Phoenix trailed early, thanks to Vince Carter torching his former team for 13 first-half points, which led all scorers at the break and helped get the Mavs out to a nine-point lead at intermission. Hill, who always guards the other team’s best player and held Dirk Nowitzki to just six points through two quarters, was assigned to Carter to start the second half.

Hill’s defense slowed Carter considerably in the second half, but more importantly, the Suns to a man played as hard as they have all season during a stretch that ran from late in the third quarter through more than halfway into the fourth, where Phoenix put together a monstrous 30-8 run that turned an 11-point deficit into a lead of the same margin with just over five minutes to play.

There were defensive stops that lead to transition baskets, open pull-up jumpers, or wide-open threes. There was Jared Dudley’s 12-point third quarter. There was Shannon Brown’s monster putback slam dunk that blew the roof off of the US Airways Center,  and pushed the Suns lead to double digits four and a half minutes into the fourth.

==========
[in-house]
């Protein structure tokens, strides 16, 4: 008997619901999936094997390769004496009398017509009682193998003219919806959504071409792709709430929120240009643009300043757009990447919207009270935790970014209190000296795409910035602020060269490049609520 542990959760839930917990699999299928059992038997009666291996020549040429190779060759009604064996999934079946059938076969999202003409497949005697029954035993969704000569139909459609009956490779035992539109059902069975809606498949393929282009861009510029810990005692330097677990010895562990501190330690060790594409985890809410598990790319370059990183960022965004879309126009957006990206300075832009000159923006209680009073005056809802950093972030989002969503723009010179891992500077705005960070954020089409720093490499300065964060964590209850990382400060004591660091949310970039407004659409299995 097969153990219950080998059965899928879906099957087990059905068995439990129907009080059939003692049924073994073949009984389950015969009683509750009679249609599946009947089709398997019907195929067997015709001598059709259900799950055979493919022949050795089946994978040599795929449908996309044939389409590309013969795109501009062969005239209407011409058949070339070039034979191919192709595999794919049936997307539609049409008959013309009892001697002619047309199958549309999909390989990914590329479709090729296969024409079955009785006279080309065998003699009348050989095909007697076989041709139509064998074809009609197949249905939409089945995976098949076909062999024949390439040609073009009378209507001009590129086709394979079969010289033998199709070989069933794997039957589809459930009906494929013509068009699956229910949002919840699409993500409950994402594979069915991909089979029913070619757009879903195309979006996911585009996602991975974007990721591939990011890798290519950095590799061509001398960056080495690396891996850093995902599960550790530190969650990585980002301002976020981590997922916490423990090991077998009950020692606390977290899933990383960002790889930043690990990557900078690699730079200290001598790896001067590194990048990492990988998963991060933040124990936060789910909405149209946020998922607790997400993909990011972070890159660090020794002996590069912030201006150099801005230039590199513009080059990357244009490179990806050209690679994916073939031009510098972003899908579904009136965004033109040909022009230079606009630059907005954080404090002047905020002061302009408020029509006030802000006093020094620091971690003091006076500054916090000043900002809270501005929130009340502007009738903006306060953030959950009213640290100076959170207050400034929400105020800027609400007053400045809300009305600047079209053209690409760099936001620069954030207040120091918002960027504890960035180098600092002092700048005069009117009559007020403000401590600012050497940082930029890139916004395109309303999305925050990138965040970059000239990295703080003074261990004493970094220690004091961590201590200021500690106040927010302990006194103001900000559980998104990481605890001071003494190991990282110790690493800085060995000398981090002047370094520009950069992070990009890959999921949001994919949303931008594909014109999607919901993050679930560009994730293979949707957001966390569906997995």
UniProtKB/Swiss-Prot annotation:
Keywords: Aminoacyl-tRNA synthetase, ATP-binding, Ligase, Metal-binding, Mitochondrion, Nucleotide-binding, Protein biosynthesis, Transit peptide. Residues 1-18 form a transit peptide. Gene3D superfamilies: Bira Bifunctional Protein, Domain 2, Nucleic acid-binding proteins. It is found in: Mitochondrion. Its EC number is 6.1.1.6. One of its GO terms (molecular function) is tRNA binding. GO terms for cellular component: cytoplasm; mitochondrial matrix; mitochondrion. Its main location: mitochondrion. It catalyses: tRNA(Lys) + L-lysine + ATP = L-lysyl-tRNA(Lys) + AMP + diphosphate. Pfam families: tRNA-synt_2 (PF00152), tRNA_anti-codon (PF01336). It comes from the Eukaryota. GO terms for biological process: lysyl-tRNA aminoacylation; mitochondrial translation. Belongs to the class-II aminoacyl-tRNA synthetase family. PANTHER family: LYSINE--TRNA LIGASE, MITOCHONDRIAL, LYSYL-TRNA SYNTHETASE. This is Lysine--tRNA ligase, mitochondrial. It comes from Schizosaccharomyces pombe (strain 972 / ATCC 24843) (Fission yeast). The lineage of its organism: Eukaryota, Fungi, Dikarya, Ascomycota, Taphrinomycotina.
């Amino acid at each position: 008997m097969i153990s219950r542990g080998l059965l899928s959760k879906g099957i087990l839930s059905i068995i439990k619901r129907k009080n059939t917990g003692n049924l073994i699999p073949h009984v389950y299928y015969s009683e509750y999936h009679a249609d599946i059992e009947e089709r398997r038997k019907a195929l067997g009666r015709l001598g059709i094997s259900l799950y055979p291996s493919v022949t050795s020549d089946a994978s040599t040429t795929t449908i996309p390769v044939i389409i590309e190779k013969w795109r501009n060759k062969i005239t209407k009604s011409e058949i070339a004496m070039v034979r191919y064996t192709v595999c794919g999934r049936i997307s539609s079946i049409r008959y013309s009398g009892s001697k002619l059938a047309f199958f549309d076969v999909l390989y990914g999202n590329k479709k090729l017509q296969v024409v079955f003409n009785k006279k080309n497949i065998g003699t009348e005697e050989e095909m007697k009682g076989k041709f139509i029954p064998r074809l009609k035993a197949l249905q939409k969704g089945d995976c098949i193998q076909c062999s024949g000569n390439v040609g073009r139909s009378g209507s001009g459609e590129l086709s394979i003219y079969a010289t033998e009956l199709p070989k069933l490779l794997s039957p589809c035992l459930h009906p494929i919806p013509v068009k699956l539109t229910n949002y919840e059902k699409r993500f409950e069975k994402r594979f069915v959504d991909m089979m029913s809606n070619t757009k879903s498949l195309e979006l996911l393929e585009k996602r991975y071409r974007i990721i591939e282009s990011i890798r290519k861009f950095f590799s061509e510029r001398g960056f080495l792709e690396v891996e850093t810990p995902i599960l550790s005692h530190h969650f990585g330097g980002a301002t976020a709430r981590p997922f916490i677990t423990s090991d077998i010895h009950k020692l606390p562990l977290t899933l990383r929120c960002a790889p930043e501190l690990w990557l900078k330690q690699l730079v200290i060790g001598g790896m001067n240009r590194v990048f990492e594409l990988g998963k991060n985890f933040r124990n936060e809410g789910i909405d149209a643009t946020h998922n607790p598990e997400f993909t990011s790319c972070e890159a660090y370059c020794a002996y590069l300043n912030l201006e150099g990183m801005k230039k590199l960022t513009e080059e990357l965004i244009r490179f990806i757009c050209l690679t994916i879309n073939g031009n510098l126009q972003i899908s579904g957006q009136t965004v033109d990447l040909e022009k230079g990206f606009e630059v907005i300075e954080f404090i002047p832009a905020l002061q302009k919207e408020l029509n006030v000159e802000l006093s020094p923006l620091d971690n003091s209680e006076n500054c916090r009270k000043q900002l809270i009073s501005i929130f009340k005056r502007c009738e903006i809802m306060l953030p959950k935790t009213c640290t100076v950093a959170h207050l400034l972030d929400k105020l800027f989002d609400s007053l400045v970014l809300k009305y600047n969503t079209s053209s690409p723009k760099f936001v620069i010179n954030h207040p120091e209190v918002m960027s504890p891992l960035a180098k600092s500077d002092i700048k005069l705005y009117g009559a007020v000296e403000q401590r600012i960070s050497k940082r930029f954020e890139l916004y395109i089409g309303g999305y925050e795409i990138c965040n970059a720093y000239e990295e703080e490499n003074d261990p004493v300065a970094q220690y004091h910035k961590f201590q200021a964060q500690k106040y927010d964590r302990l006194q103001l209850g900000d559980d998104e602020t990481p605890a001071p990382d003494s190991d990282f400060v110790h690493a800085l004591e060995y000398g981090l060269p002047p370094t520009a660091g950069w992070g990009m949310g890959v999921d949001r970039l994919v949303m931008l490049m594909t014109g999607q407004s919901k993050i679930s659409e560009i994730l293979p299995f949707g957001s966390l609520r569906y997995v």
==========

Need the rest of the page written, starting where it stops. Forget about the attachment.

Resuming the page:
There was Hakim Warrick’s inspired play off the bench, bringing energy, athleticism, and easy points at the free throw line to a second unit that has struggled to keep things stable all season long. Warrick has only gotten his chances in spurts, and hasn’t played the 17 minutes he did against Dallas in a game since the end of January, while receiving 13 DNP-CDs since.